How do various animals get to sleep at night? In Animal Lullabies, Lila Prap gives us the lullabies the mothers sing to them. Each is perfectly suited for the particular animals. The animals featured include owls, chicks, kittens (who receive a song of yarn), baby mice (who dream of cheese to nibble), and more.
Wait, is that snow I see outside? Nope, it’s the sprinkler and kiddie pool. But nevertheless, it’s time for a Christmas in July book review! Santa Clauses by Bob Raczka (Carolrhoda Books, September 2014) is a great book for the upcoming holiday season. With 25 different haiku poems, Santa prepares himself and his workshop for the
When I was young, I wanted to write. I wish I’d found a book like Poetry Matters: Writing a Poem from the Inside Out by Ralph Fletcher (HarperCollins, 2002). In this book, Fletcher writes for kids, directly focusing on what poetry is and what young writers can do to learn to write it. I loved
Poetrees by Douglas Florian (Beach Lane Books, 2010) is a creative collection of poems about trees, seeds, and the growing cycle of plant life presented in a colorful and innovative way. The first thing to catch the reader’s attention is the layout of the book. While most picture books have a left side binding, this
I have been struggling to write this post for a week now. I really like reading poetry but I feel a little clueless as to how to talk about it! Here is my attempt. I love Billy Collins’ poetry, so I can honestly say I was delighted to receive a digital copy for review consideration.
As I was glancing through my poetry books, pondering where to begin my Something in a Summer’s Day Poetry month, I found I shied away from the Victorians. I wanted the modern, frank, clear imagist poetry of William Carlos Williams. I recently posted on my other blog about the picture book about this author, A
I am working on a different project today, but I came across this amazing poem by E.A. Robinson (1869-1935), who won more than one Pulitzer Prize in poetry. It’s called “Zola,” and it so perfectly captures why I disliked Germinal at the same time I absolutely loved it. If you’ve read any Zola before, you
I had hoped that by waiting a week or two I’d know what I want to say about Love’s Labour’s Lost, but after all this time I still have very little to say. I worry that I feel this way because I read a free Project Gutenberg version of it, and as I read in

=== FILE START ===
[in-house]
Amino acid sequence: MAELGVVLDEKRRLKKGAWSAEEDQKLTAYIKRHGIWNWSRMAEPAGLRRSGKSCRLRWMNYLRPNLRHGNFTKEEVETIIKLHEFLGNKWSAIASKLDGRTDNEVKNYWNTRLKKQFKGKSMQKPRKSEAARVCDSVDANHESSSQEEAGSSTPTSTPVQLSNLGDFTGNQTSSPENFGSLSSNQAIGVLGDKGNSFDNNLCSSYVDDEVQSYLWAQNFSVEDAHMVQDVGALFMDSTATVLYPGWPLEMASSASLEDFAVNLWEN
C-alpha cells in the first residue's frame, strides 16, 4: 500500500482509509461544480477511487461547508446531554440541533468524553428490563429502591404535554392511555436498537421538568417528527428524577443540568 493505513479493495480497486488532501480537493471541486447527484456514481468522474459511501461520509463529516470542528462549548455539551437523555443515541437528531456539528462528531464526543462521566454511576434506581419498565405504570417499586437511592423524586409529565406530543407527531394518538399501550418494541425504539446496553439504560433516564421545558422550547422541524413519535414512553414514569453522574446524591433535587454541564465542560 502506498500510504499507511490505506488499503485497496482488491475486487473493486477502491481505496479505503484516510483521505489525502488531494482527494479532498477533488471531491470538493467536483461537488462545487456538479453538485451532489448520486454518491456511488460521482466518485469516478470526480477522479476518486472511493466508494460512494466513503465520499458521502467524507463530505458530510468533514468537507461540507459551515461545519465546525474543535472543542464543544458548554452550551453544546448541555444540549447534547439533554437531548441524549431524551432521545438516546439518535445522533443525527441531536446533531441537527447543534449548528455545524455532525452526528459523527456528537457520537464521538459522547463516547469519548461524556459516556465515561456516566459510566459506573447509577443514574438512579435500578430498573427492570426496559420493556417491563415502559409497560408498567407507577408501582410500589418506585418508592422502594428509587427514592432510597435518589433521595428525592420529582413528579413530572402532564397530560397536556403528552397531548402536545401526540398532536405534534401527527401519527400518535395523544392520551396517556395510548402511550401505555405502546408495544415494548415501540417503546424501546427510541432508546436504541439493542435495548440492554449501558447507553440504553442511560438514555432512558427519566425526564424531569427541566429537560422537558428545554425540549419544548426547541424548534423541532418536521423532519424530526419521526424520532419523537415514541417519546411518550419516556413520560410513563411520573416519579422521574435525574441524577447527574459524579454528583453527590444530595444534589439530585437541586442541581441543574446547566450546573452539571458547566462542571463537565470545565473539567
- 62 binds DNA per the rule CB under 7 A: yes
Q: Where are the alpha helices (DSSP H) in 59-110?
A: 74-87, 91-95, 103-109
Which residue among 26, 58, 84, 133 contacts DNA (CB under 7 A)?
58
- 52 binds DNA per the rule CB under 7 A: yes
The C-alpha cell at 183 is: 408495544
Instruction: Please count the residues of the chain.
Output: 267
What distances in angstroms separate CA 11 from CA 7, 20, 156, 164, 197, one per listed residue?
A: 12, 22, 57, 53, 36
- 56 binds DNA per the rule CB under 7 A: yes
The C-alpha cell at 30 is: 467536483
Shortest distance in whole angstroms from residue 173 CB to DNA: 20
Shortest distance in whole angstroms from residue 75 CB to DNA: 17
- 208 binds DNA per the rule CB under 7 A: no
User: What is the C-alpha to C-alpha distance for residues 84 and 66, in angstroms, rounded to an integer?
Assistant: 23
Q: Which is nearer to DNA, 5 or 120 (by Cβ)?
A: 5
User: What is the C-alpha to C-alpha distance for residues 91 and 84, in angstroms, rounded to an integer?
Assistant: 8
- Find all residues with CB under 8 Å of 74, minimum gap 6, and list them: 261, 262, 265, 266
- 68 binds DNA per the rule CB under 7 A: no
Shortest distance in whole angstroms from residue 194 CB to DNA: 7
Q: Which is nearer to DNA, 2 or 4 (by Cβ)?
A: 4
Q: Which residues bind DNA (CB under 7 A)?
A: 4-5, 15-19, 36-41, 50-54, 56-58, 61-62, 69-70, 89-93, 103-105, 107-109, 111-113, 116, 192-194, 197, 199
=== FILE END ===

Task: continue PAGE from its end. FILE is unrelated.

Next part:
I personally love poetry anthologies, and I have searched for something my son would also enjoy so he could learn to appreciate poetry as I do. We may have found a winner! Julie Andrews’ Treasury for All Seasons: Poems and Songs to Celebrate the Year (Little, Brown and Company, 2012) is a poetry anthology organized
I love good poetry anthologies for children or adults, and Read-Aloud Poems, edited by Glorya Hale (Black Dog and Levanthal, 2012) is a nice selection of poetry both classic and modern poems that parents and children can enjoy together. Raisin and I read a few poems each day for about a month, and he enjoyed
For poetry month, I knew I wanted to read poetry, and since I’ve also been eager to return to the Greek classics, I thought I’d take the chance to dive in with Sappho’s lyrics, as translated by Anne Carlson in If Not, Winter. Because Sappho’s poetry remains for us only in fragments, reading through Ms
First quarter 2012 has been spare on the blogging front, but it’s been busy and delightful on the home front from my perspective! Strawberry is now five weeks old, and Raisin and I are starting to settle in to a routine again of reading picture books. I’m reading Strawberry The Secret Garden aloud, and occasionally
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